7

This is certainly not a question with one "correct answer", but I think it's interesting and mathematical in nature. Essentially, my question is: do people know any not-well-known puzzles that are solved by means of an "interesting" invariant?

A famous puzzle by Hofstadter is the "$MU$ puzzle". The goal is to change $MI$ into $MU$ using only the following rules:

  1. $xI \to xIU$
  2. $Mx \to Mxx$
  3. $xIIIy \to xUy$
  4. $xUUy \to xy$.

It turns out that the puzzle cannot be solved: consider $f(x) =$ number of $I$s in $x$, mod $3$. Then if $f(x)$ is non-zero for a word $x$, $f(x')$ is non-zero for any $x'$ obtained by following these rules. "Whether or not $3$ divides the number of $I$s" is an invariant of the puzzle.

Another famous puzzle that can be solved using an invariant is a version of the $15$-puzzle. Suppose the first $15$ squares in a $4\times 4$ grid are filled with ascending numbers, except $14$ and $15$ are swapped: \begin{matrix} 1 & 2 & 3 & 4\\ 5 & 6 & 7 & 8\\ 9 & 10 & 11 & 12\\ 13 & 15 & 14 & \\ \end{matrix} If numbers can be slid to empty adjacent squares, can we achieve the analogous state but with $14$ and $15$ the right way around? This turns out to be impossible, by considering a parity invariant. For convenience, label the empty square with a $0$. Define $f(\text{state}) = \text{parity}(\text{labels}) + \text{parity}(\text{sum of coordinates of }0)$. Then $f$ is an invariant, since any move changes both the parity of labels, and the parity of the coordinates of $0$. Therefore achieving a state in which just $14$ and $15$ are swapped is impossible.

As mentioned, these are both well known. Google searches "puzzles solved with invariants" always seems to give the same examples. (Others include a couple of chessboard puzzles - tiling boards with dominoes, knight's move puzzles, and other numerical puzzles (similar to the $MU$ puzzle) and so on.) Do people have any less well-known examples of puzzles that are solved by invariants?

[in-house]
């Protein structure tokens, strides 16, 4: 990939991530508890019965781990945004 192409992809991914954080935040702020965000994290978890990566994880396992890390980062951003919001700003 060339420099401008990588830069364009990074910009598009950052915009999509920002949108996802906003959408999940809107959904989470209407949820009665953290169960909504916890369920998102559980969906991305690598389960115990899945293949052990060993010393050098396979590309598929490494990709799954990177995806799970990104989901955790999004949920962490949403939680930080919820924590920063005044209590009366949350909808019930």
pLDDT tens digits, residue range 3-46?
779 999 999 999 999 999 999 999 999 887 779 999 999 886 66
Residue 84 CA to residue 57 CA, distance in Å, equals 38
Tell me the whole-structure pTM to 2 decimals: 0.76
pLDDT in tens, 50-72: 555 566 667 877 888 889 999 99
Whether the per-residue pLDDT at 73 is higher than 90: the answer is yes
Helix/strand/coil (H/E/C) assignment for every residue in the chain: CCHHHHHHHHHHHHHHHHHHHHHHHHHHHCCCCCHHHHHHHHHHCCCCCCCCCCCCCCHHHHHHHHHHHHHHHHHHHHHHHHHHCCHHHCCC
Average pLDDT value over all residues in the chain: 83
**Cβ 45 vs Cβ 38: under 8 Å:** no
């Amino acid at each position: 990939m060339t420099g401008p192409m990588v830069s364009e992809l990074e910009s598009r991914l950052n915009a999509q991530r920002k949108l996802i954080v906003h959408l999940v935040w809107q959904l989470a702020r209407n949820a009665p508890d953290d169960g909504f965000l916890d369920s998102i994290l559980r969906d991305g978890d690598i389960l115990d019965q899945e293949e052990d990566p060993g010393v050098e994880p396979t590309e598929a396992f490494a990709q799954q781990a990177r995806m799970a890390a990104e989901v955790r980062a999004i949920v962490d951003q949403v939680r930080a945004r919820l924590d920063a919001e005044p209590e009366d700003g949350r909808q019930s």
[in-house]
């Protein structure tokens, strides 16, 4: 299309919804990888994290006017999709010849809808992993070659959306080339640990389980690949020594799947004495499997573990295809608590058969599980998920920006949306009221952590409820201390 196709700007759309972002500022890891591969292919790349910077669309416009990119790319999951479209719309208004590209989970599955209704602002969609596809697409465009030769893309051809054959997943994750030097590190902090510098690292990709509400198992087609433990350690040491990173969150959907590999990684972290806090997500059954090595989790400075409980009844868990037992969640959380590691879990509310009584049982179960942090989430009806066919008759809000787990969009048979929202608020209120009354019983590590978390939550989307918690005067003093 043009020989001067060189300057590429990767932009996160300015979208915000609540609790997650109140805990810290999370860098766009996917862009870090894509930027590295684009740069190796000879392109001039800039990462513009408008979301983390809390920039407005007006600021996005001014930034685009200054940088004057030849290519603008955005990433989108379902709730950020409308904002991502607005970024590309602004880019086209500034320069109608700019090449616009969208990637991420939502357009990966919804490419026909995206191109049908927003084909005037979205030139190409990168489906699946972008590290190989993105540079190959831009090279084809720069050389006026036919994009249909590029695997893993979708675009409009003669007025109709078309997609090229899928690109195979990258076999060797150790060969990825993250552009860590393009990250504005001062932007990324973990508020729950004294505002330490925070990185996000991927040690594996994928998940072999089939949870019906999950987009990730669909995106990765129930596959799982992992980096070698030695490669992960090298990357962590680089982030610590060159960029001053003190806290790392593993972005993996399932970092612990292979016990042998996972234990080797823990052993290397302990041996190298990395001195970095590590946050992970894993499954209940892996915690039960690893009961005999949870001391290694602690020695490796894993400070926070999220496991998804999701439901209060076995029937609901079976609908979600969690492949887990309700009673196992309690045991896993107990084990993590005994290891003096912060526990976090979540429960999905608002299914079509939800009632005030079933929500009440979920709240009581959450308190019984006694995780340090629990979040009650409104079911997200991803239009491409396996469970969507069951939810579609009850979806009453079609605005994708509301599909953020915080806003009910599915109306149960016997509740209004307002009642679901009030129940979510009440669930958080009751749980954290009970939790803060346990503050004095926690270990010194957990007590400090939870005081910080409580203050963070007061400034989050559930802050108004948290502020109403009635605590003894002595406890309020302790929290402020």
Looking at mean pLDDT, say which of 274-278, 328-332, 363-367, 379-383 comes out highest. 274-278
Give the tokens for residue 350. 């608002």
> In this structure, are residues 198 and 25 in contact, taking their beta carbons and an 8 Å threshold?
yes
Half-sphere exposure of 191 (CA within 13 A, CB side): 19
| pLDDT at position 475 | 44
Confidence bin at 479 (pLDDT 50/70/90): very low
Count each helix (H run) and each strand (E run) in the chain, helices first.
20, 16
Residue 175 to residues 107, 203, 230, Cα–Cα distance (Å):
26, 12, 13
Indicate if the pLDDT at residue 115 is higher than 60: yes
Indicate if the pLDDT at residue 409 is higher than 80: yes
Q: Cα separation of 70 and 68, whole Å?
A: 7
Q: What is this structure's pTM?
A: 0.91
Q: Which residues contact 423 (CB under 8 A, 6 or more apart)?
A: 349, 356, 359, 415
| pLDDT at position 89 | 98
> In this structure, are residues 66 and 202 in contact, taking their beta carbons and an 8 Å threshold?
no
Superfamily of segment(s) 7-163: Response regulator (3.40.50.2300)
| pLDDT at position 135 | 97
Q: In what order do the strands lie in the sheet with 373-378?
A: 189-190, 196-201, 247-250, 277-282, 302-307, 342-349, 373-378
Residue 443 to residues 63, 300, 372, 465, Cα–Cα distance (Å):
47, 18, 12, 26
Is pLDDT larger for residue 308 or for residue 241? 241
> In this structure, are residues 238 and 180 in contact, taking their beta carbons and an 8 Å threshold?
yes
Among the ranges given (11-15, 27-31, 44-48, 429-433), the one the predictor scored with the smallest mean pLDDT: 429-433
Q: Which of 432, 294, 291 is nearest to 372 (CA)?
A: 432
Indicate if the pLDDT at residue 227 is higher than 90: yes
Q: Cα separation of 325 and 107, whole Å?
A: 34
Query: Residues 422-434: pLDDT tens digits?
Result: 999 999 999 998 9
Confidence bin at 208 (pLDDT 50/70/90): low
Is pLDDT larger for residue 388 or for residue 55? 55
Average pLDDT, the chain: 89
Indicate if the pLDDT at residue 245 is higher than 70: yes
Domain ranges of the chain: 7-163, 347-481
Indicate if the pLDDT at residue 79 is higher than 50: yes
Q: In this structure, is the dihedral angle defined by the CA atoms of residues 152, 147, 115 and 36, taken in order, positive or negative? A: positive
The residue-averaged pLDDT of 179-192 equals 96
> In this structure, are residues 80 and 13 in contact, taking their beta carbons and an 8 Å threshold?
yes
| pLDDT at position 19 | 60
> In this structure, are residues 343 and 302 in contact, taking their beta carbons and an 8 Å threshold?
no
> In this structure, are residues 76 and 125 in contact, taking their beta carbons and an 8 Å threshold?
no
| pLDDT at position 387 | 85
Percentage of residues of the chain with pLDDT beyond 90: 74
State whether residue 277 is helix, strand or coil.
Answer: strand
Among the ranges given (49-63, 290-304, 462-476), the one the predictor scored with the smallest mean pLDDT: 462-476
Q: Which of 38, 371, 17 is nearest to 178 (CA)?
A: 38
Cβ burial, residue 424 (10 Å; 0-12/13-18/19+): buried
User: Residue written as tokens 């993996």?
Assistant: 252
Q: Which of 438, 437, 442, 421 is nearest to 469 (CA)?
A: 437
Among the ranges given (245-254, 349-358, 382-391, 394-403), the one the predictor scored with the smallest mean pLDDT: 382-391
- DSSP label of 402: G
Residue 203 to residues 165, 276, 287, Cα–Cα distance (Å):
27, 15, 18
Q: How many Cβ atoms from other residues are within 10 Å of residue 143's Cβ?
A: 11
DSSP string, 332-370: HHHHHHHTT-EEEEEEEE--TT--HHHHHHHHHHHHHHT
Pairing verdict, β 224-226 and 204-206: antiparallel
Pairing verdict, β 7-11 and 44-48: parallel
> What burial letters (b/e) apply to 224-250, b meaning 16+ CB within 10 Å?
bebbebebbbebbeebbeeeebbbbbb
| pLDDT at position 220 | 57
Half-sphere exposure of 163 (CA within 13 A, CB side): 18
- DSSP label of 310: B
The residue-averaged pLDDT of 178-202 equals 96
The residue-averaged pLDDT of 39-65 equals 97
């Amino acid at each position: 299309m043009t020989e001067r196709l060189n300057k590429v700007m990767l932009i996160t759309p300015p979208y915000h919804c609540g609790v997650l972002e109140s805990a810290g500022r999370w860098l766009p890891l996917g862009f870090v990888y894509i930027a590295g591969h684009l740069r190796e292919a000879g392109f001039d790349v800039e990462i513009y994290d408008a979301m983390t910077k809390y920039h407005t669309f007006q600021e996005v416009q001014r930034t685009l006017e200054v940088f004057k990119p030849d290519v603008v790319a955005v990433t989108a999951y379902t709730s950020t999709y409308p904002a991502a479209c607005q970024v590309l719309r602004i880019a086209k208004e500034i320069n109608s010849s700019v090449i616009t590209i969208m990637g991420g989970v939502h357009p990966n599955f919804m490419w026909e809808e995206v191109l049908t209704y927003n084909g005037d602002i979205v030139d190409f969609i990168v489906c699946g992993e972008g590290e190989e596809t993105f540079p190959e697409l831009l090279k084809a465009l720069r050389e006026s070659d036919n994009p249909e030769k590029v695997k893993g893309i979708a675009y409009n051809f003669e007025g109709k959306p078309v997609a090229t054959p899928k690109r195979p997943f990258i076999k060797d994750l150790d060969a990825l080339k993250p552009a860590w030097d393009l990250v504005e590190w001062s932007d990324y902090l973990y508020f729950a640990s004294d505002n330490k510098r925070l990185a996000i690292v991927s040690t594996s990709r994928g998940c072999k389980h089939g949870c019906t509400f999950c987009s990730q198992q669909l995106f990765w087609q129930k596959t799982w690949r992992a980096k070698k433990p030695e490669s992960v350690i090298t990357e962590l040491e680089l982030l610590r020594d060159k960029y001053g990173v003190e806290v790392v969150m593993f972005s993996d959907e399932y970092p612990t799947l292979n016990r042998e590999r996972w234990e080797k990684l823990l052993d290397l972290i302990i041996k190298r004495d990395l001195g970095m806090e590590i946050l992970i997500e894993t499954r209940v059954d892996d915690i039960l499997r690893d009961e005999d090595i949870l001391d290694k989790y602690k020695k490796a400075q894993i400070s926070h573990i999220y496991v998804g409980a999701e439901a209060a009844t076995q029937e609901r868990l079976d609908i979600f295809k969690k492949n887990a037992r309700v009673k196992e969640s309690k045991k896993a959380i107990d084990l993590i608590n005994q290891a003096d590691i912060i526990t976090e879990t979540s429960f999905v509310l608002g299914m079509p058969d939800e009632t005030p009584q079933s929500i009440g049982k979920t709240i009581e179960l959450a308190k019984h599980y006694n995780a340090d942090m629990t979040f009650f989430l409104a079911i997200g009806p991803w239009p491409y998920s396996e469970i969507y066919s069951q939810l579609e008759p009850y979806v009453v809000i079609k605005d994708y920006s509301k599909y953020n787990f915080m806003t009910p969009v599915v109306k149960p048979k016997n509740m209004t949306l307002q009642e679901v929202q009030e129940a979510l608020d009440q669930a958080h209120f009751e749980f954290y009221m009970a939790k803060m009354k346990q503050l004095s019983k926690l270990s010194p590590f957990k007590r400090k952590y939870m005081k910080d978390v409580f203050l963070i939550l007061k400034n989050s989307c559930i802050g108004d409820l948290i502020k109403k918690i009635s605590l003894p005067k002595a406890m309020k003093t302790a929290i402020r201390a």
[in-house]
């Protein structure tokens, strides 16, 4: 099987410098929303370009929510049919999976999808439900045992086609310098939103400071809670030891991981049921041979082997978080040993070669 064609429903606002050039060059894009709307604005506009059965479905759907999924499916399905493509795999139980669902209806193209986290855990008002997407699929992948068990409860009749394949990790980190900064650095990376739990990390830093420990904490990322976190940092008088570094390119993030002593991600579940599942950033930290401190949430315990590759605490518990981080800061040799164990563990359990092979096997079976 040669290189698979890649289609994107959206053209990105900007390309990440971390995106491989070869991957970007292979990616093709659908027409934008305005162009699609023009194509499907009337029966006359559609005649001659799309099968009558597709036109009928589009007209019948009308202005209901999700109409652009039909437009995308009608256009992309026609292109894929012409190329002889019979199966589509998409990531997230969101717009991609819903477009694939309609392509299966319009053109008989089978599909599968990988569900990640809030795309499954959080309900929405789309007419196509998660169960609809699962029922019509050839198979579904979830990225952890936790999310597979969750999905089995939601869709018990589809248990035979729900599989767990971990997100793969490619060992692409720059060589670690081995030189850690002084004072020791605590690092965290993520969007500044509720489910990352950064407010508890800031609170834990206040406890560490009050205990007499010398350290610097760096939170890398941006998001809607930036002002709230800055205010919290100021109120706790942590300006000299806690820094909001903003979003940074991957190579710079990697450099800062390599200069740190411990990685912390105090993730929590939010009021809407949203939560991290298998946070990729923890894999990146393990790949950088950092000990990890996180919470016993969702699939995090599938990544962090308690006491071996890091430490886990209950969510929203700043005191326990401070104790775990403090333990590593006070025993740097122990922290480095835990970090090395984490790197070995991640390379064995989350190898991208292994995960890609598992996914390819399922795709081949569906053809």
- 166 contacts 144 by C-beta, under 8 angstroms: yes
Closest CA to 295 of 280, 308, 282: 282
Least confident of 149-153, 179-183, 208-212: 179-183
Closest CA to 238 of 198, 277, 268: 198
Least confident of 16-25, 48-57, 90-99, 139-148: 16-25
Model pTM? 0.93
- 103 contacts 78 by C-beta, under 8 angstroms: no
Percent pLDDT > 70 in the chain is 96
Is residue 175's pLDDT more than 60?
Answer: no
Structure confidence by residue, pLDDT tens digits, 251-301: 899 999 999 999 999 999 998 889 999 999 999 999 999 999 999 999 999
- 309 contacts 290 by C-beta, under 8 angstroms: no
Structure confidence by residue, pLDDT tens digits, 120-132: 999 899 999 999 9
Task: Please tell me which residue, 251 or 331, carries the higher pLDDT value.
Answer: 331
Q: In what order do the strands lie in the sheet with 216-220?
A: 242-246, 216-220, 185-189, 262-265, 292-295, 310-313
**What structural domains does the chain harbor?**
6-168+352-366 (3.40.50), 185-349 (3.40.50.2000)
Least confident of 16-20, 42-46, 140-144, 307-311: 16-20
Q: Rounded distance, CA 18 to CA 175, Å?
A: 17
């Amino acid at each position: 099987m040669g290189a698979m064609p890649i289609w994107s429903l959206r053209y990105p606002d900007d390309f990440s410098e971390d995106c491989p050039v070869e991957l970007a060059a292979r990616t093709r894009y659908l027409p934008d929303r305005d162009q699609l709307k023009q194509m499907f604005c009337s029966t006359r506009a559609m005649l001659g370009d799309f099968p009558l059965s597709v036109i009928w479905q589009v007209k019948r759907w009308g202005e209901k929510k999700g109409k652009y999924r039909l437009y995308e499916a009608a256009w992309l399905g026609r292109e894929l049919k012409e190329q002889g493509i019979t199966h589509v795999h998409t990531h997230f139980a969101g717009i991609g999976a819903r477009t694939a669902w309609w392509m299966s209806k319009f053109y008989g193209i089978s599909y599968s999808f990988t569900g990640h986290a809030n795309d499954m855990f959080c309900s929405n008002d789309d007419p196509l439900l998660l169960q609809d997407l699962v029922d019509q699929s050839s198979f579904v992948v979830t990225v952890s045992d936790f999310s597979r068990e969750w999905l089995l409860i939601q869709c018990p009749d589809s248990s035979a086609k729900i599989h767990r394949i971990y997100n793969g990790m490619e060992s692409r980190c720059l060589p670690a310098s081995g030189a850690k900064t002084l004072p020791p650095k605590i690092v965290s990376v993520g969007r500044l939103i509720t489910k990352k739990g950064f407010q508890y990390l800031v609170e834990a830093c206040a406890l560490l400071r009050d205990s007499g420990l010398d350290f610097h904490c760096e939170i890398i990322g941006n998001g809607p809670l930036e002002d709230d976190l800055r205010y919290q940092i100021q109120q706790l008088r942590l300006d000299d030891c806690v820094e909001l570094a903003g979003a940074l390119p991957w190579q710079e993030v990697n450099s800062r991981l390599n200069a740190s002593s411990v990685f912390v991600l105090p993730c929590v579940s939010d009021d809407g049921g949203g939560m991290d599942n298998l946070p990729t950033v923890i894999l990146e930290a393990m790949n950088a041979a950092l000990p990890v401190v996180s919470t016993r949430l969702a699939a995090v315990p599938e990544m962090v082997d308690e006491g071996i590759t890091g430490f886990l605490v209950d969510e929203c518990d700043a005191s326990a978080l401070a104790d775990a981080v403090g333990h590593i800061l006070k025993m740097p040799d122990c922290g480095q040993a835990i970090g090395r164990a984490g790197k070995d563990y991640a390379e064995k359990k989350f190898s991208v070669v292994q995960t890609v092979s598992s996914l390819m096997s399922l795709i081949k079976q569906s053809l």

Harambe
  • 7,908
  • 2
  • 27
  • 48

2 Answers2

4

The entire first chapter of Engel's famed olympiad training book, Problem-Solving Strategies is on "The Invariance Principle". There are several illuminating examples followed by sixty problems and their solutions. The second chapter in the book is on "Coloring Proofs," a part of which is about parity, and that often also involves invariants (and showing that some configuration, say on a chessboard, is impossible because it violates the parity invariant).

I recommend also looking into monovariants which change in some predictable way, unlike invariants which stay constant; monovariants are sometimes mistakenly grouped under invariants.

Pranav Sriram's free online book on Olympiad Combinatorics contains material on advanced olympiad problem solving using invariants and monovariants. It takes some effort to find a PDF that contains all the chapters though; I recall that there are nine chapters but they were posted separately at different times.

Looking up "invariant" in puzzling.SE yielded results so you could try that.

Favst
  • 3,195
  • 1
  • 6
  • 24
2

I heard of this in early 2000's: given a cube with number as each of it's vertices. Permitted operation is selecting an edge and adding same number to the both vertices at the ends of the edge. Is a state, where all numbers at the vertices are equal, achivable from given state (which may be arbitrary, but known) using only the permitted operation?
$\to$ $\overset{?}\to$

Alexey Burdin
  • 5,124
  • 2
  • 14
  • 31